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State Pension is paid to entitled people who claim it having reached State Pension age. It is based on National Insurance (NI) contributions and it is made up of different elements.
Current State Pension age
For men born before 6 December 1953, the current State Pension Age is 65.
For women born before 6 April 1950, the current State Pension Age is 60.
For women born on or after 6 April 1950 but before 6 December 1953, their State Pension Age is between 60 and 65.
The State Pension Age will increase again to 66 between November 2018 and October 2020 which means that for men and women born on or after 6 December 1953 but before 6 October 1954, their State Pension Age is between 65 and 66.
Between April 2026 and April 2028 the State Pension Age will again increase to 67 and then again between April 2044 and April 2046 to 68.
Since it is intended that the State Pension Age will better reflect changes in life expectancy in the future, it could well mean that the current timetable to increase it to 68 will be revised.
If you are a married woman and cannot get a full basic State Pension because you do not have enough qualifying years based on your own National Insurance (NI) contributions, you may be able to get a State Pension based on your husband's NI contributions. You can only do this if he is already getting a basic State Pension and you are aged 60 or over.
If you are a widow, widower or surviving civil partner, you may be able to get a basic State Pension based on your late husband's, wife's or civil partner’s NI contributions.
If you are divorced or your civil partnership has been dissolved and you cannot get a full basic State Pension based on the qualifying years from your own NI contributions, you may be able to get a basic State Pension based on your former husband's, wife's or civil partner's NI contributions. They do not need to be getting their State Pension.
If you carry on working after claiming your State Pension, your earnings will not affect how much State Pension you get. But if you get an increase for a dependant, their earnings may affect how much increase you get for them.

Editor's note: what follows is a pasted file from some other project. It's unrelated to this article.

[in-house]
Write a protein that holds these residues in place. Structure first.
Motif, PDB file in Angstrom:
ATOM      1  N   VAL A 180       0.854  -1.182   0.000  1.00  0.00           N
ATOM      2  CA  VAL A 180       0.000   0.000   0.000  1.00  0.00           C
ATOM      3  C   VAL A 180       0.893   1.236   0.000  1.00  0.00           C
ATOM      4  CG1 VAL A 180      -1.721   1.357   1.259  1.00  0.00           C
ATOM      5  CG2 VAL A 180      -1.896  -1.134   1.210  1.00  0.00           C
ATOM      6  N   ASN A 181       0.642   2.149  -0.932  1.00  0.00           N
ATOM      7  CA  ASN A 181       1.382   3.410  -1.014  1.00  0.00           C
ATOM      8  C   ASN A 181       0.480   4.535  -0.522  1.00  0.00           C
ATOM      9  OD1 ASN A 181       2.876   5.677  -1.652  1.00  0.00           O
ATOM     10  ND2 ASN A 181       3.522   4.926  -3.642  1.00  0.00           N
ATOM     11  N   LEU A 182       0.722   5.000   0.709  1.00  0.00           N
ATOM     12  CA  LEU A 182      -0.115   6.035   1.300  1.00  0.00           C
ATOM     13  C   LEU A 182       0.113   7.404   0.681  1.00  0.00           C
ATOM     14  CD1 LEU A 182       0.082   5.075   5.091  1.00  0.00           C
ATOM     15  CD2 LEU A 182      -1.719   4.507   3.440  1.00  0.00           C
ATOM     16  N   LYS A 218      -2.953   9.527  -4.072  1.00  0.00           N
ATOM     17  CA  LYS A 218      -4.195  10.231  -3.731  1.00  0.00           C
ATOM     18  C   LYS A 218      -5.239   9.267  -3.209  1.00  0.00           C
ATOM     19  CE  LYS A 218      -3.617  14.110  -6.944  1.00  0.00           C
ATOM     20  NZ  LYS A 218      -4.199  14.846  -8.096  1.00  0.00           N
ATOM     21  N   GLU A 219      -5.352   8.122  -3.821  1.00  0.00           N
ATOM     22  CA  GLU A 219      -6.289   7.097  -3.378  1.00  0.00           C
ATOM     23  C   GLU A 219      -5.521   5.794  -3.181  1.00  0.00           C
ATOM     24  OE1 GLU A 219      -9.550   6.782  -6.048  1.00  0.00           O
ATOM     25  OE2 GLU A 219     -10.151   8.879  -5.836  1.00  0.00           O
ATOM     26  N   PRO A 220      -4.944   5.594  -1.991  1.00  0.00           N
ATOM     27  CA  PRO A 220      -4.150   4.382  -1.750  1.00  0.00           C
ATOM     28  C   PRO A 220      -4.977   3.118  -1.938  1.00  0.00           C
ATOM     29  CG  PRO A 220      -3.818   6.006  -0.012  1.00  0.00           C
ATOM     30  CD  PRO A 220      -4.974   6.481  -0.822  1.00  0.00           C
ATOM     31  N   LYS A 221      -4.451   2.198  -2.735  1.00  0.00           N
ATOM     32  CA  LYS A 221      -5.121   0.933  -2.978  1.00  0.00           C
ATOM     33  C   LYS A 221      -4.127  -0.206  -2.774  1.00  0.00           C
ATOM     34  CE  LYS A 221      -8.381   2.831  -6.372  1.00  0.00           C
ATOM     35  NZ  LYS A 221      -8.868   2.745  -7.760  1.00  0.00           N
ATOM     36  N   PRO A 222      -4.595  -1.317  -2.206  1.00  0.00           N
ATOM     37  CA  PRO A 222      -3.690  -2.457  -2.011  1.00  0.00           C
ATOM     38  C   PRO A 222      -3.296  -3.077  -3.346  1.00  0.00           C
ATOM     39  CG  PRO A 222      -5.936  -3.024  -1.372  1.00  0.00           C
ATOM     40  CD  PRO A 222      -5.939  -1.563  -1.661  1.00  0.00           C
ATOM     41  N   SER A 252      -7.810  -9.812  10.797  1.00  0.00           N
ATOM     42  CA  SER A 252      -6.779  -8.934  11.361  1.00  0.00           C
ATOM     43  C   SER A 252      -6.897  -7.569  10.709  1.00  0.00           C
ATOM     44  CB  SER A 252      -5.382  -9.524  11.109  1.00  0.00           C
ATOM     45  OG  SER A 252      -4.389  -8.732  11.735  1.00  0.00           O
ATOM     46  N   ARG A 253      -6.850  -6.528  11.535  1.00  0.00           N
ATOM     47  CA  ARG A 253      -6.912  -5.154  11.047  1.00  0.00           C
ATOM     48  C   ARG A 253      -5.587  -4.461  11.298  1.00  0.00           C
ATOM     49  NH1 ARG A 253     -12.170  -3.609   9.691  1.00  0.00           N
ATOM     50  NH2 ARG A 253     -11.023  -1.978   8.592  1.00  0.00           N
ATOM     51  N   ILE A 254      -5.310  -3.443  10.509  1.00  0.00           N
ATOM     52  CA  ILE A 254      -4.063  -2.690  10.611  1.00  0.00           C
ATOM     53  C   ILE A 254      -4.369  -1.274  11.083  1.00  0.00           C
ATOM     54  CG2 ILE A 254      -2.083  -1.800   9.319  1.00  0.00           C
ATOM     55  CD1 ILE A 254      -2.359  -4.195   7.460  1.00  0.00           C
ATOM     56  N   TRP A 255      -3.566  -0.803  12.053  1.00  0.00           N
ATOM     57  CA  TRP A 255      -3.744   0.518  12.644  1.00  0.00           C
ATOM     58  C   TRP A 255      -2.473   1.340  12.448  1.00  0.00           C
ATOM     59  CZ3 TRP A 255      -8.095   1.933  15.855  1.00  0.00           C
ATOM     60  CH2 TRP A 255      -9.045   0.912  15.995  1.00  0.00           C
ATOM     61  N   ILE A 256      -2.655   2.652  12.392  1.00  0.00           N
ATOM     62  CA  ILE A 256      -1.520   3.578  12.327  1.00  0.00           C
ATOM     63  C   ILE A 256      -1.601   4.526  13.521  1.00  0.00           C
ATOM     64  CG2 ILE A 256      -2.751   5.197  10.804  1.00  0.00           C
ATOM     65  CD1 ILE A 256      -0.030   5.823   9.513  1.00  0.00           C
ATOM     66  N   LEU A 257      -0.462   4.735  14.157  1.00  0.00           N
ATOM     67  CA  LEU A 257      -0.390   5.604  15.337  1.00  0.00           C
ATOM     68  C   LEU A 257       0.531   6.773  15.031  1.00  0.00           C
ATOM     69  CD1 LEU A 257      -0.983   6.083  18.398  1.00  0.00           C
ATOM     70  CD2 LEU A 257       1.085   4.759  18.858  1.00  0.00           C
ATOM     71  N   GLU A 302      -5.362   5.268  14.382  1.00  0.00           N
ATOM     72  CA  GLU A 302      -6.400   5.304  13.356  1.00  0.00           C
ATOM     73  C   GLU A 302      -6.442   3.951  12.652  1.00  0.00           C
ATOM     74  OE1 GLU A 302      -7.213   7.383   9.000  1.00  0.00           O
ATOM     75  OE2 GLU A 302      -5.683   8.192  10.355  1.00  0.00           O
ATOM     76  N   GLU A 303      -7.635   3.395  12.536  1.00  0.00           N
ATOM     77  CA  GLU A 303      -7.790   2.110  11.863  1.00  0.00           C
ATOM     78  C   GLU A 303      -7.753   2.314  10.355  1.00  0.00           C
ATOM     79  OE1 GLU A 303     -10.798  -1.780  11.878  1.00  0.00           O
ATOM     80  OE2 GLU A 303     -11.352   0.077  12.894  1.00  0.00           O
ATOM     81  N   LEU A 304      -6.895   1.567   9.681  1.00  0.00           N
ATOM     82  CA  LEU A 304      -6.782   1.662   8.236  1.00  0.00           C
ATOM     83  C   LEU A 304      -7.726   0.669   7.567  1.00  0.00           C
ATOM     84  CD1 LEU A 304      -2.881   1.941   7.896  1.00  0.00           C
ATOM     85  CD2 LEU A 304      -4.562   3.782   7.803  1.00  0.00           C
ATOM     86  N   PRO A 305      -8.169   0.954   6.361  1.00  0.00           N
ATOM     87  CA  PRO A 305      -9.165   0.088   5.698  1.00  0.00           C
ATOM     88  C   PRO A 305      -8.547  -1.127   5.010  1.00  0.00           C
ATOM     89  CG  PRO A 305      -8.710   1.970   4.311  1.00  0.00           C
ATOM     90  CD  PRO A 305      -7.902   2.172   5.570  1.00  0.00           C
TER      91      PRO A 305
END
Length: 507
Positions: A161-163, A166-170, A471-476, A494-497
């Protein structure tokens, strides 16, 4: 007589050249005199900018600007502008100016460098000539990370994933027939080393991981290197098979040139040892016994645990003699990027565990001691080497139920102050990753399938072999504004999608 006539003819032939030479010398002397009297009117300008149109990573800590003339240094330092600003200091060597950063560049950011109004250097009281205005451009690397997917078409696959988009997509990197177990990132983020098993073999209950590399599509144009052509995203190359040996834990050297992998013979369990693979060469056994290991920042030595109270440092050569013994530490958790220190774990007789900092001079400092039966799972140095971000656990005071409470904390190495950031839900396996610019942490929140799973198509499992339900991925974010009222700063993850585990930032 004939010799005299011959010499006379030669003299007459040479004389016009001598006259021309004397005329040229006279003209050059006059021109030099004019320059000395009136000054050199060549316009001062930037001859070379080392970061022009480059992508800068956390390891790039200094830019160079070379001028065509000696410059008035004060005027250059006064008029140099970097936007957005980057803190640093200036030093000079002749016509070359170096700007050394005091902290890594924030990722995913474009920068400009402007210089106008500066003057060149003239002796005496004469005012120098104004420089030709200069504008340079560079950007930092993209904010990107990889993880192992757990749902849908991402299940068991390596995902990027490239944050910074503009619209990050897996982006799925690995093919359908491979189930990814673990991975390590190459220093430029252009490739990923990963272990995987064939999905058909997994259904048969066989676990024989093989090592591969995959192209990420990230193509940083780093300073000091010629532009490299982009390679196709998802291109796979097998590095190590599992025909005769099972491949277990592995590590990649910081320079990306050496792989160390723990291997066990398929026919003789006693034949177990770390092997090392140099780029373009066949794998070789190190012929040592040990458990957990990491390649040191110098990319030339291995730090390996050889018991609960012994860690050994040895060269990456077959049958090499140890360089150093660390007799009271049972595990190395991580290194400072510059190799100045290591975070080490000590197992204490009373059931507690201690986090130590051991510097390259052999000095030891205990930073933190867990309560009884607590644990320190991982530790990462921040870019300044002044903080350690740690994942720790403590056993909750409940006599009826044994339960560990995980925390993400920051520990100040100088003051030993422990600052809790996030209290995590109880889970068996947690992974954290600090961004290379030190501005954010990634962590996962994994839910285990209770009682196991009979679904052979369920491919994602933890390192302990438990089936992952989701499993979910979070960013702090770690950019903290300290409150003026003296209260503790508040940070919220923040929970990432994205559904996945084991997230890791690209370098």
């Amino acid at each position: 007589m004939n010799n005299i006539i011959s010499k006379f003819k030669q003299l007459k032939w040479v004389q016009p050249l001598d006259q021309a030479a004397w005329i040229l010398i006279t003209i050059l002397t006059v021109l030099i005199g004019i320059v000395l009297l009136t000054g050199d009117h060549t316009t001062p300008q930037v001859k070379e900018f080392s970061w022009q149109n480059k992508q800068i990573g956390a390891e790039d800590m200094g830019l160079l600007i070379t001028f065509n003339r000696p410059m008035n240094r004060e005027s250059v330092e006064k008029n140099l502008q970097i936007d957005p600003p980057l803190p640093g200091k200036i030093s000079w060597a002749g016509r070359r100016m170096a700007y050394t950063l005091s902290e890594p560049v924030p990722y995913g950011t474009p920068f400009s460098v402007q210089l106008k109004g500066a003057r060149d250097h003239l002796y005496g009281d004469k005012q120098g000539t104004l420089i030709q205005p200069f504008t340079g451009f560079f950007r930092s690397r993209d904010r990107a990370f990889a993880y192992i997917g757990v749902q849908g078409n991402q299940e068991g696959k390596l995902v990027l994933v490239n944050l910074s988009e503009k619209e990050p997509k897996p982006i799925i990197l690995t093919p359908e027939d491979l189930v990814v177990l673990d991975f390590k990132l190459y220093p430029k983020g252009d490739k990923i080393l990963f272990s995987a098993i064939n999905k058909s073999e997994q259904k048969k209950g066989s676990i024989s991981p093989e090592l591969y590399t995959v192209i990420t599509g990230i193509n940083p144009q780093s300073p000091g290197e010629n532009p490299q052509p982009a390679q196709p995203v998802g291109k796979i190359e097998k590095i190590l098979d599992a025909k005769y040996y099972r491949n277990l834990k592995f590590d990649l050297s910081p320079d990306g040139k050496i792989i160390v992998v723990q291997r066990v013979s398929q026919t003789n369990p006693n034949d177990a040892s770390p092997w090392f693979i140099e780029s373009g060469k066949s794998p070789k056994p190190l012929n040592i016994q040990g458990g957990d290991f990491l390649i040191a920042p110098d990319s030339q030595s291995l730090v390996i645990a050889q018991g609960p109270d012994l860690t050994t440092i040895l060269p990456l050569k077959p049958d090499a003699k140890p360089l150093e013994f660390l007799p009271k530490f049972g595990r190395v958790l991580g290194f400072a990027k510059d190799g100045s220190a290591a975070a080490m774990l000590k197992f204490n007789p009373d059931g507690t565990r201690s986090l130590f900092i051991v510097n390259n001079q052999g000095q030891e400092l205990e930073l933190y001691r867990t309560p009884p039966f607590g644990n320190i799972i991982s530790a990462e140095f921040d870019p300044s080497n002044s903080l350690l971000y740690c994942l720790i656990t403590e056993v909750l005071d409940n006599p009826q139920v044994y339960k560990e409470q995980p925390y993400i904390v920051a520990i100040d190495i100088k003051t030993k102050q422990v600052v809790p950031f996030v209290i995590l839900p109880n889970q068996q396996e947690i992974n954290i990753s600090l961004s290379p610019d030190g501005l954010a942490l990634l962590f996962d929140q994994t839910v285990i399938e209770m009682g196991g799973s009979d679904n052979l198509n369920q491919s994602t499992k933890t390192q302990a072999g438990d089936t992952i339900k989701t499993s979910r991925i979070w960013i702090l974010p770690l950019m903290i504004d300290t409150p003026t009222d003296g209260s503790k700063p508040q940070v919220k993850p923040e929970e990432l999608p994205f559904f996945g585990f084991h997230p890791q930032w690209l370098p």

If you put off claiming your State Pension for at least five weeks when you reach State Pension age, you can earn extra State Pension. The weekly amount of your State Pension will be higher, but you will not get any State Pension for the weeks you put off claiming.
Additional State Pension
The government also provides an additional State Pension which can provide extra money on top of the basic State Pension. This used to be called the State Earnings-Related Pension Scheme (SERPS) but was changed to the State Second Pension in April 2002, the new scheme being more generous for low and moderate earners, certain carers and people with a long-term illness or disability. Any additional State Pension earned through SERPS is protected and you keep this regardless of whether you've reached State Pension age or not.
Both SERPS pension and State Second Pension can be inherited by a widow, widower or surviving civil partner with the amount being dependent on the date of birth of the person who has died, subject to a maximum total amount when combined with a person's own additional pension.
'Contracting out' of the additional State Pension
Prior to April 2012, if you were an employee with annual earnings above a certain amount you could choose to leave the additional State Pension scheme and have your entitlement paid in to a private pension scheme instead. This was called 'contracting out' and from 6 April 2012 will only be allowed if you contract out through an occupational salary-related (defined-benefit) scheme (although this will also be reviewed in the future). If you are contracted out through a money-purchase (defined-contribution) occupational pension scheme or a personal or stakeholder pension then on 6 April 2012 you will automatically be brought back into the additional State Pension.
State Pension Calc